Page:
NovelsEditOn the retreat to Corruna in Sharpe's Rifles, Dunnett is captured by the French in the skirmish that separates Sharpe and the thirty surviving rifles from Sir John Moore's army.
Dunnett has the misfortune to then spend the remainder of the War languishing in captivity, while the Lieutenant he despised rises through the ranks. He was given the freedom of the town of Verdun, and his captivity was not harsh, but had no money for bribes or luxuries, and he stated he'd much rather die than ever see that town again.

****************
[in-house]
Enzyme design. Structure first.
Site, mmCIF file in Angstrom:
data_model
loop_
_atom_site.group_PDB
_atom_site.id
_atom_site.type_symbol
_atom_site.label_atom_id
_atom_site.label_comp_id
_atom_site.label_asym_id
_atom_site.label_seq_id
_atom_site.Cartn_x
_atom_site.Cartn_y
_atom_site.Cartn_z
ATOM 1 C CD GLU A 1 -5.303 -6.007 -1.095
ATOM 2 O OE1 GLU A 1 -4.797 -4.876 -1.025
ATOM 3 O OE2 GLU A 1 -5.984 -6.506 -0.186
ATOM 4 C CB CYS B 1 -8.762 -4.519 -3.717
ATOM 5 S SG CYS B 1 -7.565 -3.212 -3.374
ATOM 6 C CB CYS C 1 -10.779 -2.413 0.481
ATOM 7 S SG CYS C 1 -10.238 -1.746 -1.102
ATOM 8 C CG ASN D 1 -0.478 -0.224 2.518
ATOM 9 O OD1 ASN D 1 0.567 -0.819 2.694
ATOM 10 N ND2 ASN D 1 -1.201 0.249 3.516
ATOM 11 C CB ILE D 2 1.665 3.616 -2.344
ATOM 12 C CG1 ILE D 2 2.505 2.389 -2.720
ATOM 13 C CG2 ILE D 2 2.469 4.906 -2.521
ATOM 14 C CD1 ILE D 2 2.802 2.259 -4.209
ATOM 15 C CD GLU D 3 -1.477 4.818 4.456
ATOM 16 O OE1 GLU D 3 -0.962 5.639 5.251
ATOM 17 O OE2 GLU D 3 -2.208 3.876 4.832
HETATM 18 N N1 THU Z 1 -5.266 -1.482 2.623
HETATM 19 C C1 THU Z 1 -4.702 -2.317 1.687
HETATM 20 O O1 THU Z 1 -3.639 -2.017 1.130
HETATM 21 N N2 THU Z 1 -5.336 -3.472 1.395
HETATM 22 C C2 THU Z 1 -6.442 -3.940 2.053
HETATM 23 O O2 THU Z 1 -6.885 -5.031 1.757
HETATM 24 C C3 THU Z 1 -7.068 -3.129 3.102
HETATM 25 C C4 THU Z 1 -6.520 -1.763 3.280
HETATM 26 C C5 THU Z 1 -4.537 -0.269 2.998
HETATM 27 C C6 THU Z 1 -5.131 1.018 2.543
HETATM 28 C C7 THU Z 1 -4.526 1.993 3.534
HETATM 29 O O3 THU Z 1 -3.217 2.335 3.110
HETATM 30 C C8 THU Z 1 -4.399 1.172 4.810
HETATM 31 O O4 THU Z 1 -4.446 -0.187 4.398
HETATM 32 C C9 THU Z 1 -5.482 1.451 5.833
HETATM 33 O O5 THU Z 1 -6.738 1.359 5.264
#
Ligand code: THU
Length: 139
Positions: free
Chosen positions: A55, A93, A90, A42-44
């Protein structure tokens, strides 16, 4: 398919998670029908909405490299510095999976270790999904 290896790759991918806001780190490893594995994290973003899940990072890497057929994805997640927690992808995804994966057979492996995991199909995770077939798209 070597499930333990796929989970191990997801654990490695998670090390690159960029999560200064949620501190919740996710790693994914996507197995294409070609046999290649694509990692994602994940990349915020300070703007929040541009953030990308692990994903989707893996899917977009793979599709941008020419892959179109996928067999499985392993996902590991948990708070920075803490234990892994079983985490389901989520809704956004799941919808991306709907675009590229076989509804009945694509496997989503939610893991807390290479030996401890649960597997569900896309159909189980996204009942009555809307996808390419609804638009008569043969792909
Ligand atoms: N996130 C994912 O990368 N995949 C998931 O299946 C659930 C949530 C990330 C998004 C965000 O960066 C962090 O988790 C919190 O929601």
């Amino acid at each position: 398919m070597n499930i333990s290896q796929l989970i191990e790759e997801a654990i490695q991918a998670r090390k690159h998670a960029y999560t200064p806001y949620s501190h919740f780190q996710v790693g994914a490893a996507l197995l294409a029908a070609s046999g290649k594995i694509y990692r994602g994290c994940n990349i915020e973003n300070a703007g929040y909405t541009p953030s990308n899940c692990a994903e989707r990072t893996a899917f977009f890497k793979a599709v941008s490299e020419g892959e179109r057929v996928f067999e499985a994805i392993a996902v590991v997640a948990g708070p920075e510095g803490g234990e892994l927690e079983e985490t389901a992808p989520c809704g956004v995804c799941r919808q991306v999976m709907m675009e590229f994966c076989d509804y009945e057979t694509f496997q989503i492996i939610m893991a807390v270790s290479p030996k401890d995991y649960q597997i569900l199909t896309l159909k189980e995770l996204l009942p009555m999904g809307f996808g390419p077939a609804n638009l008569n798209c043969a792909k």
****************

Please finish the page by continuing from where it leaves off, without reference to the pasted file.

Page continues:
When he and Sharpe meet again at Waterloo, he is thin and worn, and is incredulous Harper had survived, expecting the man should have died long since, and calling him a rogue. He then then apologizes to Sharpe, saying he had been wrong in his opinion of the man from the ranks, and that it was good to see him again; so few of the old battalion still lived, so many had died at New Orleans.